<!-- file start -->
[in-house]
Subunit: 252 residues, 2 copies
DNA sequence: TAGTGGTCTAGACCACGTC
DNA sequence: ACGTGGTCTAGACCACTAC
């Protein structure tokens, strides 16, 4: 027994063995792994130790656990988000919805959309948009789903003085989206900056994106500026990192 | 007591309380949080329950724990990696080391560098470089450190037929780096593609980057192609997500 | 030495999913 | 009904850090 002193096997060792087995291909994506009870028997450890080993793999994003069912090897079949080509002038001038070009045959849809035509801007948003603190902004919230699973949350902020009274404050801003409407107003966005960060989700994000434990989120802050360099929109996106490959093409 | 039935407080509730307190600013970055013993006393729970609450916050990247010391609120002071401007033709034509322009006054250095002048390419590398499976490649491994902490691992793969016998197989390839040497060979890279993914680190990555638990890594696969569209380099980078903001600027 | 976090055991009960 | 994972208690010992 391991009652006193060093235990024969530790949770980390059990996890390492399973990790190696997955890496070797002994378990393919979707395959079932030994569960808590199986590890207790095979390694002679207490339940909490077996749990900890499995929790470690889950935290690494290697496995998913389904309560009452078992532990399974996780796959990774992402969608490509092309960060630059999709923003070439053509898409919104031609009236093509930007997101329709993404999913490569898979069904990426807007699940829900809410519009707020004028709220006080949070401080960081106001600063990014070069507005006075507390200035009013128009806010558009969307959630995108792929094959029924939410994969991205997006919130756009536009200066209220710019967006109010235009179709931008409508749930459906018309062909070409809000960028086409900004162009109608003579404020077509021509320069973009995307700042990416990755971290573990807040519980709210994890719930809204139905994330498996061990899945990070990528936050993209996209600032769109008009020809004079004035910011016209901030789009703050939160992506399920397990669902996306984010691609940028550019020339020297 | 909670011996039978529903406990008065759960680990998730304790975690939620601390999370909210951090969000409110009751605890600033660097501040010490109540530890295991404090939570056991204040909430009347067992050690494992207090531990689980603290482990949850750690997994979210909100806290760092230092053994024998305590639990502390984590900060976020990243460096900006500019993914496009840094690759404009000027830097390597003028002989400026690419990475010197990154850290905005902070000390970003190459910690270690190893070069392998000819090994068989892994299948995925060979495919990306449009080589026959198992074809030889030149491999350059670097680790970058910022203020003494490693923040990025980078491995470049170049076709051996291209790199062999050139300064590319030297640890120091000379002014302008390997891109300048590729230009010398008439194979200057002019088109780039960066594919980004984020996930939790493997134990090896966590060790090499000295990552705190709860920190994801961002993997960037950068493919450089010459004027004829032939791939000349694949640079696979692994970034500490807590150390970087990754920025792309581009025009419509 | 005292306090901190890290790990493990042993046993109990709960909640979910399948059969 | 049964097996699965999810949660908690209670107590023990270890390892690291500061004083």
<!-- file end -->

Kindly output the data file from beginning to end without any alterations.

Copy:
[in-house]
Subunit: 252 residues, 2 copies
DNA sequence: TAGTGGTCTAGACCACGTC
DNA sequence: ACGTGGTCTAGACCACTAC
């Protein structure tokens, strides 16, 4: 027994063995792994130790656990988000919805959309948009789903003085989206900056994106500026990192 | 007591309380949080329950724990990696080391560098470089450190037929780096593609980057192609997500 | 030495999913 | 009904850090 002193096997060792087995291909994506009870028997450890080993793999994003069912090897079949080509002038001038070009045959849809035509801007948003603190902004919230699973949350902020009274404050801003409407107003966005960060989700994000434990989120802050360099929109996106490959093409 | 039935407080509730307190600013970055013993006393729970609450916050990247010391609120002071401007033709034509322009006054250095002048390419590398499976490649491994902490691992793969016998197989390839040497060979890279993914680190990555638990890594696969569209380099980078903001600027 | 976090055991009960 | 994972208690010992 391991009652006193060093235990024969530790949770980390059990996890390492399973990790190696997955890496070797002994378990393919979707395959079932030994569960808590199986590890207790095979390694002679207490339940909490077996749990900890499995929790470690889950935290690494290697496995998913389904309560009452078992532990399974996780796959990774992402969608490509092309960060630059999709923003070439053509898409919104031609009236093509930007997101329709993404999913490569898979069904990426807007699940829900809410519009707020004028709220006080949070401080960081106001600063990014070069507005006075507390200035009013128009806010558009969307959630995108792929094959029924939410994969991205997006919130756009536009200066209220710019967006109010235009179709931008409508749930459906018309062909070409809000960028086409900004162009109608003579404020077509021509320069973009995307700042990416990755971290573990807040519980709210994890719930809204139905994330498996061990899945990070990528936050993209996209600032769109008009020809004079004035910011016209901030789009703050939160992506399920397990669902996306984010691609940028550019020339020297 | 909670011996039978529903406990008065759960680990998730304790975690939620601390999370909210951090969000409110009751605890600033660097501040010490109540530890295991404090939570056991204040909430009347067992050690494992207090531990689980603290482990949850750690997994979210909100806290760092230092053994024998305590639990502390984590900060976020990243460096900006500019993914496009840094690759404009000027830097390597003028002989400026690419990475010197990154850290905005902070000390970003190459910690270690190893070069392998000819090994068989892994299948995925060979495919990306449009080589026959198992074809030889030149491999350059670097680790970058910022203020003494490693923040990025980078491995470049170049076709051996291209790199062999050139300064590319030297640890120091000379002014302008390997891109300048590729230009010398008439194979200057002019088109780039960066594919980004984020996930939790493997134990090896966590060790090499000295990552705190709860920190994801961002993997960037950068493919450089010459004027004829032939791939000349694949640079696979692994970034500490807590150390970087990754920025792309581009025009419509 | 005292306090901190890290790990493990042993046993109990709960909640979910399948059969 | 049964097996699965999810949660908690209670107590023990270890390892690291500061004083």